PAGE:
"NHTSA’s Question 5 is, 'What non-dynamic tests can be used to qualify retread tires (example: pull testing)?'

"TIA recommends the adhesion pull tests, burst strength tests and plunger tests for retread tires. These tests are common in the retread industry. However, this is only for your testing phase. TIA does not recommend mandatory use of these tests in the industry in the future.

"TIA would encourage NHTSA to keep an open mind about the use of technology available in the industry for inspecting the casings during testing. Although shearography is an excellent tool for inspecting finished retreads and new tires, other technologies can assist with inspecting casings for integrity as well. Ultrasound has been used very successfully in the industry for several years, along with shearography and holography.

"However, none of these systems can detect a nail hole in a casing. There are systems available, such as the Hawkinson NDT and Micro Tester units, which detect penetrations through the inner liner and nail holes through casings. New technology is almost always in development for inspecting casings, and TIA would ask for NHTSA’s assurance that any specified testing procedures will be flexible and allow for the use of new technologies as they are developed.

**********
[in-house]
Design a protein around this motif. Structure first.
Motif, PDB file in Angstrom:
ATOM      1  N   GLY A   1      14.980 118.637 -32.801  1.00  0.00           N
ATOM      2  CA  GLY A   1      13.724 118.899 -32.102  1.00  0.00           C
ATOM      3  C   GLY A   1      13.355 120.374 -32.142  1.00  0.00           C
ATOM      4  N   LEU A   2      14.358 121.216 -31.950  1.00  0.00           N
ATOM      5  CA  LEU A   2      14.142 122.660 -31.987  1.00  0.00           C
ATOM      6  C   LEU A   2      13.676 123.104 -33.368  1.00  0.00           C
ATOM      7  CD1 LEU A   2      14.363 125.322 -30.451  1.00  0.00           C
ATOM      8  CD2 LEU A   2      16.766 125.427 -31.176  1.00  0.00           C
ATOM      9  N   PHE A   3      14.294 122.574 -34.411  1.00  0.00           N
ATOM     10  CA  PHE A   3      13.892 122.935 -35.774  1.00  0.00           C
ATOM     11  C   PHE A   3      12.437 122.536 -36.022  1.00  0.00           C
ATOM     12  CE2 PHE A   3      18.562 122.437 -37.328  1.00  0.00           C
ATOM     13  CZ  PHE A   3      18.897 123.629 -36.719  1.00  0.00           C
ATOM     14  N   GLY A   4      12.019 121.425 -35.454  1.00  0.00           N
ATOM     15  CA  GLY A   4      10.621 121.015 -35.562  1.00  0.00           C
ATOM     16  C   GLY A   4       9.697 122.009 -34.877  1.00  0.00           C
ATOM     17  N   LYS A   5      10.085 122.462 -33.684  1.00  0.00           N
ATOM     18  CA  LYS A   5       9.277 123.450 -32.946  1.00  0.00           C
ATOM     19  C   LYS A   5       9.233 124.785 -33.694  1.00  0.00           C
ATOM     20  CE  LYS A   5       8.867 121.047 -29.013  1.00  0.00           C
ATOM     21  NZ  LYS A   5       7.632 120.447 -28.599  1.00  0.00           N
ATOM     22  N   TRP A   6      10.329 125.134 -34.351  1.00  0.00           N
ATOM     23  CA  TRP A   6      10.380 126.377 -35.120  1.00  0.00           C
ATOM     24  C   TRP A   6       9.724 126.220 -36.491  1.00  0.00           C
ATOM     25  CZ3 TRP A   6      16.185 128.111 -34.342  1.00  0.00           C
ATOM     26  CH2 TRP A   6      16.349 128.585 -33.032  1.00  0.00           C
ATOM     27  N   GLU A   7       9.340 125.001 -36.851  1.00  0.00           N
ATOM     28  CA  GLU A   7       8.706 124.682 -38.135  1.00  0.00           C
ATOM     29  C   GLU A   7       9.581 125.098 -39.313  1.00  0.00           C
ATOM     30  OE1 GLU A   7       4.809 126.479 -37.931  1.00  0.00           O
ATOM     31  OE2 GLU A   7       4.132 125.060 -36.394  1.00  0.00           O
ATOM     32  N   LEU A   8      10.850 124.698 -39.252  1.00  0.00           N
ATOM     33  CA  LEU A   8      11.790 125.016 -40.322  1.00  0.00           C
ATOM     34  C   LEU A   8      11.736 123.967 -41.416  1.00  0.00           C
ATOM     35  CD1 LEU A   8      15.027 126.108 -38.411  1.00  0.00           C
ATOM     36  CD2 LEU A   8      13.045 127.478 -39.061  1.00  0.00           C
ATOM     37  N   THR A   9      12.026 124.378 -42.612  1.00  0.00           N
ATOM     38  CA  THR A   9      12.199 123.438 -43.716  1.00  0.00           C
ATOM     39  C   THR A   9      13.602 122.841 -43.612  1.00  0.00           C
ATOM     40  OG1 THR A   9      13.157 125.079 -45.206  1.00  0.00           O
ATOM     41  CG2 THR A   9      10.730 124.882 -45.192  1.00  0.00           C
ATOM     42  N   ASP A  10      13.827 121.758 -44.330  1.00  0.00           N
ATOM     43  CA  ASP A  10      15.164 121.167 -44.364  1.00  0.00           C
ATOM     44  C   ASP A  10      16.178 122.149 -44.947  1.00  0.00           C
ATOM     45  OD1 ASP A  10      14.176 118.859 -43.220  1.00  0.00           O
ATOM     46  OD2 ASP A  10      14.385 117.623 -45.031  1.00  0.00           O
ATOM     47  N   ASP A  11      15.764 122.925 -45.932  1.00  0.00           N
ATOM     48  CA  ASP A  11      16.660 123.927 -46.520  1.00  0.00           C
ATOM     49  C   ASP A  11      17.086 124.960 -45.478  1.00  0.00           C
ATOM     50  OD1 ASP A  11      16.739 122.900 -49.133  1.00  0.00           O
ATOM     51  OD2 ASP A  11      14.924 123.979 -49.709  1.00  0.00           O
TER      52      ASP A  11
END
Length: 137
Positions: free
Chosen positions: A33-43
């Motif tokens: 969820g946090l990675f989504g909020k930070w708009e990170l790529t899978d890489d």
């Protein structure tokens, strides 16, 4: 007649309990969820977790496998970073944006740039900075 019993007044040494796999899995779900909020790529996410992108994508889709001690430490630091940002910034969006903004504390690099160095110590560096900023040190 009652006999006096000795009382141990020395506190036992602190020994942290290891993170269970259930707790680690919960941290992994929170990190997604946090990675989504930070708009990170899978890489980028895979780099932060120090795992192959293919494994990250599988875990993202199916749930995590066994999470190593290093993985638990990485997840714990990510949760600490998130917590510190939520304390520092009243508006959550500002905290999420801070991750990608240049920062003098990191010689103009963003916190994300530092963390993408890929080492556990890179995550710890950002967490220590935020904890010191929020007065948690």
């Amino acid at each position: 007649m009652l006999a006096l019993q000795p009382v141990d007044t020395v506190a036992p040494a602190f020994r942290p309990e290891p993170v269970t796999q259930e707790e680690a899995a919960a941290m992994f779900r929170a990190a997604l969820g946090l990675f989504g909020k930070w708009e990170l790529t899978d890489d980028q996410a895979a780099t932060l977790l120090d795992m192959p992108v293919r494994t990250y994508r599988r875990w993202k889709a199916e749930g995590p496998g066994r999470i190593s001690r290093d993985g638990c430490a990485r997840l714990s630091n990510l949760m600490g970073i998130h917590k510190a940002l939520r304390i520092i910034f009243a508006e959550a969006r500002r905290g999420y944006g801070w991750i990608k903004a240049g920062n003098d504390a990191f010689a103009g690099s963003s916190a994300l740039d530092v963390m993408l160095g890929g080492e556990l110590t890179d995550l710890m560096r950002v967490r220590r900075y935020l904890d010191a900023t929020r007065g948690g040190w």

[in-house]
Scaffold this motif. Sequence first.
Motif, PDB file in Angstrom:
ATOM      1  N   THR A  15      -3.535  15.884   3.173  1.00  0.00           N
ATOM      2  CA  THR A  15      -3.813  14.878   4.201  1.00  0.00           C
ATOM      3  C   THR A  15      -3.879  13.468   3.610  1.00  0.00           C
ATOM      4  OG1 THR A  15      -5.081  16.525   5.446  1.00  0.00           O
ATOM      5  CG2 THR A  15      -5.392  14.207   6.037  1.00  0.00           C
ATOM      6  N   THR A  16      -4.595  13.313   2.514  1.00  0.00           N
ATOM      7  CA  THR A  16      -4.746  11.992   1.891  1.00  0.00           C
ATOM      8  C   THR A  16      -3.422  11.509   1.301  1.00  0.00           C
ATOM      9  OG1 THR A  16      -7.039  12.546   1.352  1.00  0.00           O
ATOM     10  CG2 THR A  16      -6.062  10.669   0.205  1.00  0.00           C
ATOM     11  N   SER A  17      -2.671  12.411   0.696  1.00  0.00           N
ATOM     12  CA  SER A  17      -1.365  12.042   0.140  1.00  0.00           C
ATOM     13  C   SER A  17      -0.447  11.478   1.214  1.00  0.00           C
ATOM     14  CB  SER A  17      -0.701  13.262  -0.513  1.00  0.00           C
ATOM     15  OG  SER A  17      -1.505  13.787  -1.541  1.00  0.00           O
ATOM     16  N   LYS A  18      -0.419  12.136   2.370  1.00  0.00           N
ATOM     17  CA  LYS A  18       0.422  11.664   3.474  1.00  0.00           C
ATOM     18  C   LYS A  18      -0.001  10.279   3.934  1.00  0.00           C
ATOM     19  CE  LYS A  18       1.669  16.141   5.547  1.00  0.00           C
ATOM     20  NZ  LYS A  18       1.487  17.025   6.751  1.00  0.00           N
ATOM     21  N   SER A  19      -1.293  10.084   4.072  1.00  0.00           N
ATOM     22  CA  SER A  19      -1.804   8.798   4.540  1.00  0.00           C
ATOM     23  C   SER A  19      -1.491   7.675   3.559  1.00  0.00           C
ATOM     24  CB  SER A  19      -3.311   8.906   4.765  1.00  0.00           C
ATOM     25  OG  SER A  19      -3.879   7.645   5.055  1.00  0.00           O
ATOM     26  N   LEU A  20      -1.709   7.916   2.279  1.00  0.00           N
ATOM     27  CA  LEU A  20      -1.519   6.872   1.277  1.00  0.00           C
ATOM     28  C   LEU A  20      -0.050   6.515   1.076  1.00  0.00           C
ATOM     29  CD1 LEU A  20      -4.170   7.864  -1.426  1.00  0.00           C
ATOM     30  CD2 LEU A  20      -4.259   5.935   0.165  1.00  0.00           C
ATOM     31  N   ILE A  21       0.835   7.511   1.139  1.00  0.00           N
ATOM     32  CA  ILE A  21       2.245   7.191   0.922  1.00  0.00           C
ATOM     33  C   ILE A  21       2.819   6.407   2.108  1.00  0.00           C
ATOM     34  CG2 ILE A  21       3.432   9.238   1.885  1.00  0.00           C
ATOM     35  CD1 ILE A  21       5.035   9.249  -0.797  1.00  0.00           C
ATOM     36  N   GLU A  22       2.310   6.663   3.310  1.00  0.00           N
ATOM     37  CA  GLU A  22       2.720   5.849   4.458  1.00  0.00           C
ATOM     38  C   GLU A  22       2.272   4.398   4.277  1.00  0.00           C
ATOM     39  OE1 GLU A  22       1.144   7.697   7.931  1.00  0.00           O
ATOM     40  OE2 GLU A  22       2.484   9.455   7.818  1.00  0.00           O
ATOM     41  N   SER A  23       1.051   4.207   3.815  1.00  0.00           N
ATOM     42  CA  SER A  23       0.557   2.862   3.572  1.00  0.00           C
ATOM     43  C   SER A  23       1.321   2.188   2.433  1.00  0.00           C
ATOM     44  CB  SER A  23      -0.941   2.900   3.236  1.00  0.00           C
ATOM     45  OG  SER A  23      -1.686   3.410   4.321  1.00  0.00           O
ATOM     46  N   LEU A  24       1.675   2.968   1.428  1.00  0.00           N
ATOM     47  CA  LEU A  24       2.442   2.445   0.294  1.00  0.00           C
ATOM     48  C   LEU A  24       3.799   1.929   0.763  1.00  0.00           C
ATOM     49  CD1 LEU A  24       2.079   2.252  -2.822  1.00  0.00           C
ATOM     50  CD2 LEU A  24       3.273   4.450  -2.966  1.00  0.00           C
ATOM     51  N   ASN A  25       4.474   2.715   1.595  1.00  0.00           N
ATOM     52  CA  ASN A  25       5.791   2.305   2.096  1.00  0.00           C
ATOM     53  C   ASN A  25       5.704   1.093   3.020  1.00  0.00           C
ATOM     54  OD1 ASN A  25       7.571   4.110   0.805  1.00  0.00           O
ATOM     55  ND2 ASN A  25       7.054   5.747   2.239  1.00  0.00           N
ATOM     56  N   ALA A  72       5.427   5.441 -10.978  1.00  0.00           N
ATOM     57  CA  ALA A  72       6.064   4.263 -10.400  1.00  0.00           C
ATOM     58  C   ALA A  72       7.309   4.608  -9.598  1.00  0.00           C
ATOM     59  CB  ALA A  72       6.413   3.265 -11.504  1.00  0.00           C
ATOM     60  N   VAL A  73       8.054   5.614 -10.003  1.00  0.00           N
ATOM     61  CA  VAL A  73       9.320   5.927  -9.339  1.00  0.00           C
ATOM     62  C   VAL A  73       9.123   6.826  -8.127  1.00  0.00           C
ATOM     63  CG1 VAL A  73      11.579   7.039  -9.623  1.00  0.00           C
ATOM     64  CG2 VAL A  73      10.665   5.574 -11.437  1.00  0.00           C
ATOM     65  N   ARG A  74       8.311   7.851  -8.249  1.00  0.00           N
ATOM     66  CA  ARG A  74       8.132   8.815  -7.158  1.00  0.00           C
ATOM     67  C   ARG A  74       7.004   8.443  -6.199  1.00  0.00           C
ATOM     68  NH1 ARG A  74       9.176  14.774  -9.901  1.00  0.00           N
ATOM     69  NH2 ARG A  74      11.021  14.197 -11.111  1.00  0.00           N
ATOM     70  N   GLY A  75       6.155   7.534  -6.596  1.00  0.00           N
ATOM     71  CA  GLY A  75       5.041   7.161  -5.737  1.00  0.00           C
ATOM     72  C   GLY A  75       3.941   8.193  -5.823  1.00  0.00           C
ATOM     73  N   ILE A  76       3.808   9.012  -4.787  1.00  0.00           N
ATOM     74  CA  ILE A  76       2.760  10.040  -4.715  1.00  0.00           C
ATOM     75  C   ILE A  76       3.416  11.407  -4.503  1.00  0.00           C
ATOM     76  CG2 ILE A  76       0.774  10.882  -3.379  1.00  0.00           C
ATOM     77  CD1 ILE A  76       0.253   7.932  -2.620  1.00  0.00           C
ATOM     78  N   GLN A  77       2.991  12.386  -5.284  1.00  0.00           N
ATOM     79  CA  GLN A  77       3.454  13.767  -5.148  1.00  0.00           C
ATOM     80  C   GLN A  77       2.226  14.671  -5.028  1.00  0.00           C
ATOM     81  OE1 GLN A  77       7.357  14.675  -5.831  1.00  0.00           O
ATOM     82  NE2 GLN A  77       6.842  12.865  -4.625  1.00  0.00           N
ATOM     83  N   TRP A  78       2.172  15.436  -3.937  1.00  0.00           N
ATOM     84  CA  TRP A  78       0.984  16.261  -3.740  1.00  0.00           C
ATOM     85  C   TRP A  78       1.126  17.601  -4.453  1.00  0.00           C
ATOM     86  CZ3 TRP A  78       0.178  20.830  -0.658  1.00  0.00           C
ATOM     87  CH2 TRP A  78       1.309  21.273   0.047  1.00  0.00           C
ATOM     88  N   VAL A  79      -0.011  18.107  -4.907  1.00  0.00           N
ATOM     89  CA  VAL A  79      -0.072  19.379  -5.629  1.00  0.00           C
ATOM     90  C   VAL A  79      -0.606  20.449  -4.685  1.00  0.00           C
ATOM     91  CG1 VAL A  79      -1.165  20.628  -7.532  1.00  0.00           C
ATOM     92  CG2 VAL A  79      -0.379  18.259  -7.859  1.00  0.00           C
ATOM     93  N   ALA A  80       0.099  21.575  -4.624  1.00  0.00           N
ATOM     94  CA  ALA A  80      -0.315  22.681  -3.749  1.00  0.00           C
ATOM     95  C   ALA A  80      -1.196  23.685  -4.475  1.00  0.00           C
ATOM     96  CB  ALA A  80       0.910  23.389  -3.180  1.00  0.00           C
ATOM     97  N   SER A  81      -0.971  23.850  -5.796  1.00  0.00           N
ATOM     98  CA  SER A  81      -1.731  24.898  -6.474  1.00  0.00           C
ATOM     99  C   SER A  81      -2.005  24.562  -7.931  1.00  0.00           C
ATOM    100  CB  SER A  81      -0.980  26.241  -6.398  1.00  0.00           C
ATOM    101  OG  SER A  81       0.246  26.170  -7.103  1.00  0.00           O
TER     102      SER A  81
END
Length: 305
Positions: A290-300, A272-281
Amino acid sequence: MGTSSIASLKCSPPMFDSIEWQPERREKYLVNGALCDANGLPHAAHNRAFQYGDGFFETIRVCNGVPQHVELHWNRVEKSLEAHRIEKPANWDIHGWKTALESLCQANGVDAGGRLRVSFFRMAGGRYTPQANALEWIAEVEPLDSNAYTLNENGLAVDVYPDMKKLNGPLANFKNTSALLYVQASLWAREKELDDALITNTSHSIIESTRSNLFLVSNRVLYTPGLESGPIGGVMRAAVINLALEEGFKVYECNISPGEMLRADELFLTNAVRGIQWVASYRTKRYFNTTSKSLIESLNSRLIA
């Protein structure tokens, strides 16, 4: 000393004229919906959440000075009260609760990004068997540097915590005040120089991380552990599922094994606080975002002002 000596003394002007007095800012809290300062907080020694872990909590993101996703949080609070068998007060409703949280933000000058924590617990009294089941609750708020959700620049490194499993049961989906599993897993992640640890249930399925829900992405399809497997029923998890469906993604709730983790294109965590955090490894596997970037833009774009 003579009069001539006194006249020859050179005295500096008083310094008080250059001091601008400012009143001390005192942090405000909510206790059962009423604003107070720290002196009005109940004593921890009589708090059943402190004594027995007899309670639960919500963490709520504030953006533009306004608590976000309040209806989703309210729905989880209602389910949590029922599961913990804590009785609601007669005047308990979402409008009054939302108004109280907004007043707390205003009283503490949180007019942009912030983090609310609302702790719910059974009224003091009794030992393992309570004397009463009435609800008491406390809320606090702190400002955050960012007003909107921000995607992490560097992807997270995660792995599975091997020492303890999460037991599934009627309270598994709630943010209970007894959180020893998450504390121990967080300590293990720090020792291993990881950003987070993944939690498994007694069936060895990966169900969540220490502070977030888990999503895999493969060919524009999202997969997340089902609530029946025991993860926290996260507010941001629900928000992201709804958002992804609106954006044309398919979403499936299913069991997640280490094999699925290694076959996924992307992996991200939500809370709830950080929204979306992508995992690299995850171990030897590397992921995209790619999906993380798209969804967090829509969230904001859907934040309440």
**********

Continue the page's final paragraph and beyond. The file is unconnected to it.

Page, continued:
"TIA will not support a mandate on the retread industry with regard to specifying a particular method of non-destructive casing examination.

"Question 6 is, 'What, if any, inspection, labeling or other requirements would benefit the retread industry?'

"TIA recommends that NHTSA implement a requirement that the DOT code of a retread tire be placed within six inches of the original new-tire DOT code. This will make it easier within the industry to keep a 'history' of each tire casing as it comes back to retread plants and know how many times a casing has been retreaded. This gives an inspection technician additional information about the tire and is helpful in predicting the appropriate level of service for a given retread.

"Beyond that, TIA strongly believes that the retread industry does not need to be regulated. The retread industry has an excellent safety record. Retread tires have never been the subject of a recall.

"Other points or comments:

1. "TIA would strongly recommend that NHTSA examine all tires before and after Phase II tests to get an accurate read on each tire and the results of the test. Representatives of TIA would appreciate the opportunity to examine tires before and after Phase II tests to help develop information that could respond to any deficiencies that may be recognized.